He has the tenacity of his brother, Jack (an undrafted free-agent signee of the Saints), but Brian is more flexible and athletic. His upside is likely greater than his big brother's. Brian Allen is switching from guard to his natural center spot, but he proved to be more than capable as a second-team All-Big Ten selection at guard last season. Allen's lack of height and arm length will very likely stymie his draft stock in the future, but that will ultimately benefit the team who steals him. Allen's core strength, balance and hand strength help him overcome his lack of size (6-2, 303), while his second-level movement skills will help him challenge Pat Elflein for the title of Big Ten's best center.
6. C Mason Cole, Michigan
Cole has the talent to man the left-tackle spot for Jim Harbaugh, but he'll be moving inside to center, where he still figures to shine. Cole enters his junior season as a two-year starter at left tackle for the Wolverines. He has the athleticism to get to linebackers at difficult angles and he should be a factor in space as a combination blocker. He can be bull-rushed when he doesn't maintain a wide base, but he has power as a run blocker and should be a scheme fit with all offenses in the pros.
7. OG Dorian Johnson, Pittsburgh
Johnson is slated to start for the third consecutive season at left guard and was recognized as second-team All-ACC last season. Johnson played tackle in high school and still could use a little more meat on his bones. He moves well and is able to excel as an in-line blocker or on the move.
8. OG Martez Ivey, Florida
Ivey's playing time and effectiveness were hindered by a torn meniscus that forced him to miss the early part of last season. He underwent surgery on his shoulder during the offseason. While Ivey might start off playing left guard this season, he has the desired blend of foot quickness, length and mass that scouts want in a tackle at the next level. Ivey's ability to move in space and work to the second level is impressive as is his well-timed punch that helps him land those long arms on his target. If healthy, Ivey should take a big step forward no matter which position he plays.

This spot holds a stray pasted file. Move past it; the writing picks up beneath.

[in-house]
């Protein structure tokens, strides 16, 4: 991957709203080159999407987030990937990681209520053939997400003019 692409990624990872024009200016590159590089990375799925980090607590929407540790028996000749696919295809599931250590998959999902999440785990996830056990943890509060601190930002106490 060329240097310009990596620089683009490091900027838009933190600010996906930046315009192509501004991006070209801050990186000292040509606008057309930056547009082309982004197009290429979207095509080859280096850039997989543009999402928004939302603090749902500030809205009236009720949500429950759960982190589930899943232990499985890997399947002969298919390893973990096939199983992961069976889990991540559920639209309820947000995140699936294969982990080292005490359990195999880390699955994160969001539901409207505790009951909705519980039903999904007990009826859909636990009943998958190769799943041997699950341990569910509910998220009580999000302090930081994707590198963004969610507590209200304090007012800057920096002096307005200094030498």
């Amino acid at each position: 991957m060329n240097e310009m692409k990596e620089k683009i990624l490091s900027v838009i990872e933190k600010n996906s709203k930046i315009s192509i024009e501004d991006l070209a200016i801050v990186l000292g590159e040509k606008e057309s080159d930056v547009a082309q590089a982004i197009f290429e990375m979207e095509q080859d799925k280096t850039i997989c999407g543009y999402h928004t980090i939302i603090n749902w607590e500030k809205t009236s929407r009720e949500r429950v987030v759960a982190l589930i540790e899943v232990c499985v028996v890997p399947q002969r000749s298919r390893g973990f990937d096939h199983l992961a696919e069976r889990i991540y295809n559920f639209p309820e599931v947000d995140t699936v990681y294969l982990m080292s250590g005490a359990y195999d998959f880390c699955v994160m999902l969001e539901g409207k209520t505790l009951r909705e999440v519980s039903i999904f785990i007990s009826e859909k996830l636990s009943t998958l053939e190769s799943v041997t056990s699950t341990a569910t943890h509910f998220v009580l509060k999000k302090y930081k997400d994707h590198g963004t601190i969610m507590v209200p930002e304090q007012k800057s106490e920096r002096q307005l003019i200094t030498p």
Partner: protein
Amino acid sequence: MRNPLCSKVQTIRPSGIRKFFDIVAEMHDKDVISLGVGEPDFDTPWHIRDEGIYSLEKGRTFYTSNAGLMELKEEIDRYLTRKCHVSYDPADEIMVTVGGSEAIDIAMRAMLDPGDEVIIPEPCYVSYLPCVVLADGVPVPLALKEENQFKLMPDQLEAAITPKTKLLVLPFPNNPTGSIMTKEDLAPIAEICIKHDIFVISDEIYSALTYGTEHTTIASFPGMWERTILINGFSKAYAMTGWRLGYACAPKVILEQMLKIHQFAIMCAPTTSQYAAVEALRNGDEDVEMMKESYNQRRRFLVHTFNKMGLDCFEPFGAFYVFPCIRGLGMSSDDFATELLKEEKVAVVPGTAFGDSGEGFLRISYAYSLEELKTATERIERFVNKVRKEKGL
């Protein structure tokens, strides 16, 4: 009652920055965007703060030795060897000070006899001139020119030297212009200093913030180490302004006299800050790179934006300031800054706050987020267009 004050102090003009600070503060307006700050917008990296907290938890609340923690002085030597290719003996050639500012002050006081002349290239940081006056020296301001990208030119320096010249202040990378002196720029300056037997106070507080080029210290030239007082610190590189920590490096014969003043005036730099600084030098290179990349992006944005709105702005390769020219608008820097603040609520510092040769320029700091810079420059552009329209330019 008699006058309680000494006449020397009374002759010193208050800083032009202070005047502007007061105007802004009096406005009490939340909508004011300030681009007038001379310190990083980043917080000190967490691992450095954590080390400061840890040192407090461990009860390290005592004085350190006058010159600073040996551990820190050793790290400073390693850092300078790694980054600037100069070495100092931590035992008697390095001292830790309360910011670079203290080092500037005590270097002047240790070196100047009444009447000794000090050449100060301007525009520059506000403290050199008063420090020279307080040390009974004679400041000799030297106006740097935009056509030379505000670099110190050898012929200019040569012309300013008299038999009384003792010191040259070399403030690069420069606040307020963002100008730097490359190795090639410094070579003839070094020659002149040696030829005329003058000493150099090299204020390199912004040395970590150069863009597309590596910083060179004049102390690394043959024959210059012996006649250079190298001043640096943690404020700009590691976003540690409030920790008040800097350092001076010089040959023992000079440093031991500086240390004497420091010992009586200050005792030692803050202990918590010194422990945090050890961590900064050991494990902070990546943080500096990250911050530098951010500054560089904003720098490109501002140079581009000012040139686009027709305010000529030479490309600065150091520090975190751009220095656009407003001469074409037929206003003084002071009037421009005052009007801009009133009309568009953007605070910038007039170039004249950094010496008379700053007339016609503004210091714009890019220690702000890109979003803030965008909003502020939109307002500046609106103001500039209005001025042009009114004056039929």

9. OG Greg Pyke, Georgia
Pyke has above-average foot quickness and noticeable bounce in his movement when he's able to get out into space as a zone blocker or in the screen game. Pyke is a gritty base blocker who can hold his own against power. He needs to get better at maintaining his blocks through proper hand placement rather than allowing his hands to fly outside. Pyke was benched at one point last season and consistency was an issue at times, but the physical tools are there if he can play with greater balance and improved use of his hands.
10. OG Sean Welsh, Iowa
It's always difficult to watch Iowa offensive linemen and not get too excited about their pro potential because they are so well-coached as a unit. They tend to have a limited amount of obvious weaknesses. However, you also have to dig deeper. Like with center Austin Blythe last season, Welsh plays with good hand placement, balance and footwork, but he lacks the size (6-3, 288, according to team measurements) that teams typically look for from an interior lineman. Welsh is a talented guard, but his draft stock could be directly related to how much weight he can comfortably carry as he moves forward.